Following the mosque incident, the rebels attacked and seized police stations, government treasuries, and entered the courts and registry offices where they destroyed records. Some even climbed into the judges' seats and proclaimed the advent of swaraj (self-rule).[additional citation(s) needed] The rebellion soon spread to the neighbouring areas of Malappuram, Manjeri, Perinthalmanna, Pandikkad and Tirur under principle leaders Variankunnath Kunjahammad Haji, Seethi Koya Thangal of Kumaranpathor and Ali Musliyar. By 28 August 1921, colonial rule had virtually come to an end in Malappuram, Tirurangadi, Manjeri, and Perinthalmanna, which then fell into the hands of the rebels who established complete domination over the Eranad and Valluvanad Taluks. On 24 August 1921, Variankunnath Kunjahammad Haji took over command of the rebellion from Ali Musliyar. Public proclamations were issued by Variyankunnath and Seethi that those Mappilas who resorted to looting would receive exemplary punishments.[8][additional citation(s) needed]

Captured Mappila prisoners taken after a battle with the colonial army.
Captured Mappila prisoners taken after a battle with the colonial army.

During the initial stages of the rebellion, the colonial military and police were forced to withdraw from these areas but by the end of August, several contingents of colonial troops and Gurkha arrived. Clashes with the rebels followed, one of the most notable encounters taking place at Pookkottur (often referred by Mappilas as Battle of Pookkottur), in which colonial troops sustained heavy casualties and had to retreat to safety.[8]

During the early phase of the rebellion, the targets were primarily the Jenmi and the colonial government. Crimes committed by some of the rebels were accepted by leaders. After the proclamation of Martial law and the arrival of government troops, when some members of the Hindu community were enlisted by the army to provide information on the rebels.[8][9] Once they had eliminated the minimal presence of the government, the Mappilas turned their full attention to attacking Hindus while Ernad and Valluvanad were declared "Khilafat kingdoms".[32] During the rebellion, a Mappila gang under the leadership of Odayappurath Chekkutty from Kalpakanchery protected the Kizhake Kovilakam (a seat of the ruling family of the Zamorin of Calicut) and the Arya Vaidya Sala at Kottakkal.[33] Vaidyaratnam P. S. Warrier, who is also the founder of renowned Arya Vaidya Sala and Kottakkal Natya Sangham at Kottakkal, provided the entire shelter and protection for the orphaned Mappila families when the British army arrested Mappila household men.[34]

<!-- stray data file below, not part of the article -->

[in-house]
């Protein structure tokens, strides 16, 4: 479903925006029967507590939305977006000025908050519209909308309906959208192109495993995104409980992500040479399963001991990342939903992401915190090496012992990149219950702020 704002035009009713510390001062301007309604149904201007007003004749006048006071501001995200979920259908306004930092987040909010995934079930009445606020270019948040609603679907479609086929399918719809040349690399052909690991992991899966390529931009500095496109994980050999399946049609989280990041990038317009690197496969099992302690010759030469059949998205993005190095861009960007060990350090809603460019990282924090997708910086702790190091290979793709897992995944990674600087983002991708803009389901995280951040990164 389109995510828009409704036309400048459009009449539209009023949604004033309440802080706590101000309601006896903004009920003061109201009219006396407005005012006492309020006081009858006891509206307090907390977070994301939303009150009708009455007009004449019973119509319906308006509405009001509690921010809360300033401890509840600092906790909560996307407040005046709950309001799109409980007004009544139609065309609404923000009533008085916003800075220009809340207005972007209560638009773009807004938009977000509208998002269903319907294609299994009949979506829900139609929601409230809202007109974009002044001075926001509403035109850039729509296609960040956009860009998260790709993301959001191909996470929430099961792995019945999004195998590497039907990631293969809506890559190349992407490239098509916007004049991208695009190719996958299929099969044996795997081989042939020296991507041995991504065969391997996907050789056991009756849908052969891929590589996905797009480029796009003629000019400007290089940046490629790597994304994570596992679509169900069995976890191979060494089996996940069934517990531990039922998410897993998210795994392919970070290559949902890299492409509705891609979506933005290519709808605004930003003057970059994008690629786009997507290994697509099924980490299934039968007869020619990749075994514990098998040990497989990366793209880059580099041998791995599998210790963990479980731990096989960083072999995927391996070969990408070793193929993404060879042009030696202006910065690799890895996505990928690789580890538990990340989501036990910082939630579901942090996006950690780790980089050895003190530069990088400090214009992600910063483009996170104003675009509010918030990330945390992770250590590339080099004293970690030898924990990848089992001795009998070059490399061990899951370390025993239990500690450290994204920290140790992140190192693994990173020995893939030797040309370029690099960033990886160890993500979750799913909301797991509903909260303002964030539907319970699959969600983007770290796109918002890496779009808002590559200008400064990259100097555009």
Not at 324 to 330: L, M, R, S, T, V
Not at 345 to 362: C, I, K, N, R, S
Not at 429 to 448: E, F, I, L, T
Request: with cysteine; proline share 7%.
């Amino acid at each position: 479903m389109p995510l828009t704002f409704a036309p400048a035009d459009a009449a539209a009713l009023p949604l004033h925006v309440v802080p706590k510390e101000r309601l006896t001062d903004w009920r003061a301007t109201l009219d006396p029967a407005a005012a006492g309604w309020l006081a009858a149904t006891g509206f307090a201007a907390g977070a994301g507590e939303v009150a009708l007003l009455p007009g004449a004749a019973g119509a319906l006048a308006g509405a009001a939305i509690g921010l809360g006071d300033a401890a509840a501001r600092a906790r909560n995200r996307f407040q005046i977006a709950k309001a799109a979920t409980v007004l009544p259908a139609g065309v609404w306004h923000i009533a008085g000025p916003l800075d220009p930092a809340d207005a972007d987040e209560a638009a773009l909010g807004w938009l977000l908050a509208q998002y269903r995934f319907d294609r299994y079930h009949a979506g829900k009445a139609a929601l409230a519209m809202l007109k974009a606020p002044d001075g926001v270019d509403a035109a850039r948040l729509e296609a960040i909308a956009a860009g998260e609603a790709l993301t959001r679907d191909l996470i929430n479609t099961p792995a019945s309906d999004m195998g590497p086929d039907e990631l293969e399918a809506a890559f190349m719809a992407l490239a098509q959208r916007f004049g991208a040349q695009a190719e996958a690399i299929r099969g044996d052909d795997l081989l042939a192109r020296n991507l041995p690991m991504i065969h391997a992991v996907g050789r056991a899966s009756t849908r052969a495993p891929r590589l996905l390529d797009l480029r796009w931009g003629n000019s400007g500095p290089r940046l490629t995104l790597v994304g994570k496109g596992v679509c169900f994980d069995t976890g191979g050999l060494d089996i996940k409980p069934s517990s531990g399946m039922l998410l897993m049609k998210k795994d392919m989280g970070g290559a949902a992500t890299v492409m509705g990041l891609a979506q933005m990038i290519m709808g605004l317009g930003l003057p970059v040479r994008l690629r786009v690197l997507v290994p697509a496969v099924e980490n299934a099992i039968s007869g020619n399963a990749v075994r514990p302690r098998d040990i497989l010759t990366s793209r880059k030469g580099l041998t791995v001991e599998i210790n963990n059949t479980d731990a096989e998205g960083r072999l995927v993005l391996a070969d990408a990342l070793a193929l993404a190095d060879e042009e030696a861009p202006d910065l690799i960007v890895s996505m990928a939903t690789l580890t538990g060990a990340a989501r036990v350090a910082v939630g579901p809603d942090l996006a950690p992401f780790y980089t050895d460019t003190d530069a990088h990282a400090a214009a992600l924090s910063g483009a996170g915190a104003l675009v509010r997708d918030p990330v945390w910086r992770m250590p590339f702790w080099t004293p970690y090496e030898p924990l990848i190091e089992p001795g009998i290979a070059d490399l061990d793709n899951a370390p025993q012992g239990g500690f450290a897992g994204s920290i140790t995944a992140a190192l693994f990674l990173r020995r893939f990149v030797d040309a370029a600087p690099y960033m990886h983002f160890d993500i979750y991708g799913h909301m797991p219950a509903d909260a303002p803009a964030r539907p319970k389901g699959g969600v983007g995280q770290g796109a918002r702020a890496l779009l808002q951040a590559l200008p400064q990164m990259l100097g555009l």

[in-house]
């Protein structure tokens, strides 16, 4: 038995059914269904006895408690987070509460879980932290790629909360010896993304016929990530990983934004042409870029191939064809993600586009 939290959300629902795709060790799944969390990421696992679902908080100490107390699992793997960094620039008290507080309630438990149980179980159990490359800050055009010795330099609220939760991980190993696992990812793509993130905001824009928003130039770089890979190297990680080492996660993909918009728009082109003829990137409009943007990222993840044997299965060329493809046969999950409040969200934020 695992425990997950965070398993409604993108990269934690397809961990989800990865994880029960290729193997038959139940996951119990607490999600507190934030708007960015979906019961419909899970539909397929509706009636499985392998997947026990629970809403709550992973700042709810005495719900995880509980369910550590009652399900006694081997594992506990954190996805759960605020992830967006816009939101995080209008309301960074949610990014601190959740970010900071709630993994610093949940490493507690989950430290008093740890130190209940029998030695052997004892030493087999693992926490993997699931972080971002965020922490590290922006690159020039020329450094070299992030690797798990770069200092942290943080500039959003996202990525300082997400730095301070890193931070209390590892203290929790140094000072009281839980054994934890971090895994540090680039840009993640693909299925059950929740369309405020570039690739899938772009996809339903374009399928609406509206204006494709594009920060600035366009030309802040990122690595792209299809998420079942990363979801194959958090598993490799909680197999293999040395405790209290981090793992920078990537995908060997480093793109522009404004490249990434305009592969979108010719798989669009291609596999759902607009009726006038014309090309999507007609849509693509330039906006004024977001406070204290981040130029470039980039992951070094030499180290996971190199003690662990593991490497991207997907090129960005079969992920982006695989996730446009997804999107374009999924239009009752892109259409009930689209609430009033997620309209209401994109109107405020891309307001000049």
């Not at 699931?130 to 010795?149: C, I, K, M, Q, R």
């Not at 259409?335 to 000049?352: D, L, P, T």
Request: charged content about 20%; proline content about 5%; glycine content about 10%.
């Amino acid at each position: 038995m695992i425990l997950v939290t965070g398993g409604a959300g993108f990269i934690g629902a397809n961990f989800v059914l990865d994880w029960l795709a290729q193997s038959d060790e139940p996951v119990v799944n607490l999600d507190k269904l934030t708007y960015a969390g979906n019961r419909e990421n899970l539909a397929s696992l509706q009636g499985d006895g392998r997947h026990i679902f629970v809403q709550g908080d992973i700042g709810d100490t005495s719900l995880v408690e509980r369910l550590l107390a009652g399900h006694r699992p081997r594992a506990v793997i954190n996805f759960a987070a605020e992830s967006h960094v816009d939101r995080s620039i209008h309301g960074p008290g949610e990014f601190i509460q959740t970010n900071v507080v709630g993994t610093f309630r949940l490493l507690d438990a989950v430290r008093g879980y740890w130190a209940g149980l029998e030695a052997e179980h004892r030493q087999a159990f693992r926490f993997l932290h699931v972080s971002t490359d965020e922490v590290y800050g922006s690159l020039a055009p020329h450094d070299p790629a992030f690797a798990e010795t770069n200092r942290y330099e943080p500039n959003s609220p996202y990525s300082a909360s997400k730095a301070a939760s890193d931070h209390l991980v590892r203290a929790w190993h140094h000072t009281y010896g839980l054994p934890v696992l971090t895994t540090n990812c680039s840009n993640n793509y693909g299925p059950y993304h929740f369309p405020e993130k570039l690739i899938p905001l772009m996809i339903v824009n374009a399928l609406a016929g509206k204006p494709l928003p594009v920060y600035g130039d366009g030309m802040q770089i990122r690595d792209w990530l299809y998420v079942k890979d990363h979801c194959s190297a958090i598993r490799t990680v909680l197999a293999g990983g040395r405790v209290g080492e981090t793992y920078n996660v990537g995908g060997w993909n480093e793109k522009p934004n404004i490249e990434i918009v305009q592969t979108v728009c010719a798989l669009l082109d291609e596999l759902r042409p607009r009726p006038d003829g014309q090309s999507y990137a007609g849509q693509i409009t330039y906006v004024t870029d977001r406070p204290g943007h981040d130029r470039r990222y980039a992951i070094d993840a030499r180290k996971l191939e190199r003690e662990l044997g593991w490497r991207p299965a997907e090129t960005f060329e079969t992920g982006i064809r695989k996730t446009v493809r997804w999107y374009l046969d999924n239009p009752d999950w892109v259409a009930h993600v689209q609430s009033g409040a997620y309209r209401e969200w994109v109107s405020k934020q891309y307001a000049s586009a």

By the end of 1921, the situation was brought under control. The colonial government raised a special quasi-military (or Armed Police) battalion, the Malabar Special Police, initially consisting of non-Muslims and trained by the colonial army. The Special Police then engaged the rioters and eventually put an end to the riot.[citation needed]

Reactions and aftermath

A letter written by Variyan Kunnathu Kunjahammed Haji which appeared in the newspaper The Hindu on October 18, 1921
A letter written by Variyan Kunnathu Kunjahammed Haji which appeared in the newspaper The Hindu on October 18, 1921

B. R. Ambedkar said on the rebellion:[35]